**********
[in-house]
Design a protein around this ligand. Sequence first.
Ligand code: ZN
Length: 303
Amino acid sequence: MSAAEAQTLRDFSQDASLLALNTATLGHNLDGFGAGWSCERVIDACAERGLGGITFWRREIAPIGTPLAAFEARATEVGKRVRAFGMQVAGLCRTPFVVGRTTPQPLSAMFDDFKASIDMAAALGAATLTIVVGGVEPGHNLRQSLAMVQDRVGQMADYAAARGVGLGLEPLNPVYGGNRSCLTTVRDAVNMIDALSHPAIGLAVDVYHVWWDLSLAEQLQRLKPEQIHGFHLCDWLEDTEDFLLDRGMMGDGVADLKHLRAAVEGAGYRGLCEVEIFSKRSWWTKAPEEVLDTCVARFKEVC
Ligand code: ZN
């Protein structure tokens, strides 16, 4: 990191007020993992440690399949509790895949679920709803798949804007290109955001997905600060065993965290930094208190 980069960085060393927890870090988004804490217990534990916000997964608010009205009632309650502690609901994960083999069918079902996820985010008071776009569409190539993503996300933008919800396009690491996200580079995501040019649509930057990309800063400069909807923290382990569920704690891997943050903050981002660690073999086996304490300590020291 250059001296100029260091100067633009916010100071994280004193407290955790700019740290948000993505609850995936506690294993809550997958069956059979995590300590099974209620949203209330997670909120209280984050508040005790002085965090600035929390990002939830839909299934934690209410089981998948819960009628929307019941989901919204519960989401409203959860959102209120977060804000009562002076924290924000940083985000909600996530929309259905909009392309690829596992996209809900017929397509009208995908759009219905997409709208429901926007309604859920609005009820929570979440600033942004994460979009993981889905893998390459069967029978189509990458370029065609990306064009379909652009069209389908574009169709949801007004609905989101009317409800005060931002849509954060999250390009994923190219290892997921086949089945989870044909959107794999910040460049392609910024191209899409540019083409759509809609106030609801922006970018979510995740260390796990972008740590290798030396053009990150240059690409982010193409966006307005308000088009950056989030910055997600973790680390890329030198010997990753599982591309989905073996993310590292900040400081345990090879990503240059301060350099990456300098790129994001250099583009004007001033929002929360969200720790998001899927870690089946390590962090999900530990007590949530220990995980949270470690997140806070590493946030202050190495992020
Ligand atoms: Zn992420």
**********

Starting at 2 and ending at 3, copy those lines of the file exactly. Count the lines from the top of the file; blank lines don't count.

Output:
Design a protein around this ligand. Sequence first.
Ligand code: ZN